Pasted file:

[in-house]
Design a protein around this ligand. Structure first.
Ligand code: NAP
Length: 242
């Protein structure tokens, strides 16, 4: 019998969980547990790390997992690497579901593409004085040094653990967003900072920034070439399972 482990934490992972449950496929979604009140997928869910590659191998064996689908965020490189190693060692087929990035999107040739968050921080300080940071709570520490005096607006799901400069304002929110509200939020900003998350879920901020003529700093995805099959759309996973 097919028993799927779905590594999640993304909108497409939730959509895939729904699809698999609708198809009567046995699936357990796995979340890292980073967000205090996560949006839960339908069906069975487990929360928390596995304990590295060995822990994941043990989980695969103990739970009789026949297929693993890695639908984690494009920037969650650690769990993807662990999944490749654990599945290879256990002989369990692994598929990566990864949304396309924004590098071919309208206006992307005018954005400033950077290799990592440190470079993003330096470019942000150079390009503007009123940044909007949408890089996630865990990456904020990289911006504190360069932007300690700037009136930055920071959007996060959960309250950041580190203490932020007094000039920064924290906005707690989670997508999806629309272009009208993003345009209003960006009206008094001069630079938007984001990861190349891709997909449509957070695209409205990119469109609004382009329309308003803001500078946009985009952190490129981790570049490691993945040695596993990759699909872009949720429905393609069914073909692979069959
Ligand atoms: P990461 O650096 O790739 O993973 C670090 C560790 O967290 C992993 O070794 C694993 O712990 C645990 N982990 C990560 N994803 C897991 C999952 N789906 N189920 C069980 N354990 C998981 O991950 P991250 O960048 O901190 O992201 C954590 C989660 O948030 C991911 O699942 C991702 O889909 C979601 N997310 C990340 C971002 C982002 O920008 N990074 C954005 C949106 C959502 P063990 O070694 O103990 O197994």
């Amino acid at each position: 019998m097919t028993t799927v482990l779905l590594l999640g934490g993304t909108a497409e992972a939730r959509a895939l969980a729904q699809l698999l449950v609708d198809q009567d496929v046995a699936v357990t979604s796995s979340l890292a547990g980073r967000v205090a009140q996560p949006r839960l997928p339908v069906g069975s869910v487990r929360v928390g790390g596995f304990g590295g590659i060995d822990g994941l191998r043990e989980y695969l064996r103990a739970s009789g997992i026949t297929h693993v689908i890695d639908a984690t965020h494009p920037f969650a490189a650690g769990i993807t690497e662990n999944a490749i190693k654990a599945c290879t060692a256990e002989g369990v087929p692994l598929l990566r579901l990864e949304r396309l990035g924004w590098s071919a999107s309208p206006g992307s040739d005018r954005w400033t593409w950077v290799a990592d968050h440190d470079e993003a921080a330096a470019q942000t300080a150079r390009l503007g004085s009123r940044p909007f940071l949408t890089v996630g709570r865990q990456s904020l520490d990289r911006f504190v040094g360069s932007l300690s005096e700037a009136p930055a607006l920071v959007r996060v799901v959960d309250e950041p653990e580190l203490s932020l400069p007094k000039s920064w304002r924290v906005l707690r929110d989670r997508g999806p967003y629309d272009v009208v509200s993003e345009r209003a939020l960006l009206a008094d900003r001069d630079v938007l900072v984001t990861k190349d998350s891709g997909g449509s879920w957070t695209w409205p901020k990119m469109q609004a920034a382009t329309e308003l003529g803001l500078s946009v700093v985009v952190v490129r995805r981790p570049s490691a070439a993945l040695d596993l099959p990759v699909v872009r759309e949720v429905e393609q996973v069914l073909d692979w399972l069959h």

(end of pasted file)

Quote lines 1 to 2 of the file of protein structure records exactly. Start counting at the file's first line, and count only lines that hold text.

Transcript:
[in-house]
Design a protein around this ligand. Structure first.